Shares in private equity firm Bridgepoint surged upon its London stock exchange debut on Wednesday, in the first major UK listing for the industry in decades.
The buyout group, which has around €27.4bn of assets under management across equity and debt funds, set a share price of 350 pence per share in an announcement on the London Stock Exchange (LSE) on Wednesday morning.
But Bridgepoint shares were trading at 440 pence at 9am, up almost 26 per cent on the day.
The surging share price on Wednesday brought the buyout group’s market capitalisation to roughly £3.6bn, after it was valued at around £2.88bn upon listing at the advertised share price of 350 pence.
Bridgepoint’s IPO was the first major listing by a UK private equity company in almost three decades.
The firm sold 85.7m new shares to raise around £300m for the deal to fund “investment in the next generation of Bridgepoint funds, launch and seed potential new organic strategies, continue to assess potentially value-accretive inorganic acquisition opportunities, and provide greater strategic flexibility including reducing the group’s indebtedness.”
An additional 139.7m existing shares were sold by existing shareholders.
This brought the IPO price to £789m – a freefloat of around 27 per cent. Bridgepoint’s freefloat could rise to around 31.5 per cent if over-allotment options are exercised in full.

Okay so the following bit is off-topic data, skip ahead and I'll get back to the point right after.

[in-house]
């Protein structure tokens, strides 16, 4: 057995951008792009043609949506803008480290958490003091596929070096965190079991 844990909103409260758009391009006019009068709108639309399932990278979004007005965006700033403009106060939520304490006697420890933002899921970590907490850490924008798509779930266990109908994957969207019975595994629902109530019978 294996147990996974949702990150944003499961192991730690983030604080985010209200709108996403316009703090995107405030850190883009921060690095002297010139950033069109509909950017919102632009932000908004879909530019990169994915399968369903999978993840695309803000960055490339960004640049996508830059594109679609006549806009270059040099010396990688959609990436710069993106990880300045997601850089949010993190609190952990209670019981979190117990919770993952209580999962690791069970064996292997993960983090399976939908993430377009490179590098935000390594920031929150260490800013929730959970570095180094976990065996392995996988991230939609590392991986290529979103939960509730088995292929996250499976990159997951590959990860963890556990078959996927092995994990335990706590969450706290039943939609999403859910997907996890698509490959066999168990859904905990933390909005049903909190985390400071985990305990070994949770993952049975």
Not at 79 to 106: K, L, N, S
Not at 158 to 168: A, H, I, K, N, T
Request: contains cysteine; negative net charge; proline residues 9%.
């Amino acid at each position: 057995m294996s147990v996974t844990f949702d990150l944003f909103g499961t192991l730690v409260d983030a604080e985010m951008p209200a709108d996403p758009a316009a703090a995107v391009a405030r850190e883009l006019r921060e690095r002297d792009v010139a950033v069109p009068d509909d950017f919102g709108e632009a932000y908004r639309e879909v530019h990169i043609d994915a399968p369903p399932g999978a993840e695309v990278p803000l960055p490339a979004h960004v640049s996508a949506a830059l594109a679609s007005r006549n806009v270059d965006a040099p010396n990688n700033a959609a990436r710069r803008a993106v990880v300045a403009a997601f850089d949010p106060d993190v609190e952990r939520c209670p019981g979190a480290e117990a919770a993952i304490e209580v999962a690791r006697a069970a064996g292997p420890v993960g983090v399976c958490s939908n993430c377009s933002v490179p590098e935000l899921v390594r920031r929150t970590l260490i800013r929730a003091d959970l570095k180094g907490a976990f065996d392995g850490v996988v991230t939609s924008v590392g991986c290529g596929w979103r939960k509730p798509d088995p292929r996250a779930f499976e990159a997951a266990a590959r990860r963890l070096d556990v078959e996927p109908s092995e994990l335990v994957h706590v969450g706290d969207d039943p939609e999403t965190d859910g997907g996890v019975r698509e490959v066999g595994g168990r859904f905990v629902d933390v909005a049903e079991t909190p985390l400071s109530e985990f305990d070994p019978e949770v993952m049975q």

Upon its float, Bridgepoint’s ordinary share capital stood at approximately 823m ordinary shares.
The private equity giant announced that conditional trading of its shares began this morning and unconditional dealings are expected to begin on 26 July.
JP Morgan and Morgan Stanley are joint global coordinators on the IPO, while BNP Paribas, Citigroup and Merrill Lynch are joint bookrunners.
The float marks a rare entrance to public markets for a private equity firm and will place Bridgepoint among the biggest listed on the London Stock exchange.
It will become the third private equity firm to IPO in London and will sit alongside London-listed 3i Group and Intermediate Capital Group, who both listed in London in 1994 – before Bridgepoint was formed in 2000 following a management buyout from Natwest Equity Partners.
Since 1994, the largest private equity firms have stayed privately owned.
It comes amid a flurry of private equity dealmaking as buyout groups move in on companies that have been left reeling from the pandemic.
It previously owned Pret A Manager before selling it to German group JAB Holdings in 2018 for £1.5bn. Earlier this month it took a minority stake in Asian fast food chain Itsu.
It has also invested in Dorna, which holds the commercial rights to MotoGP.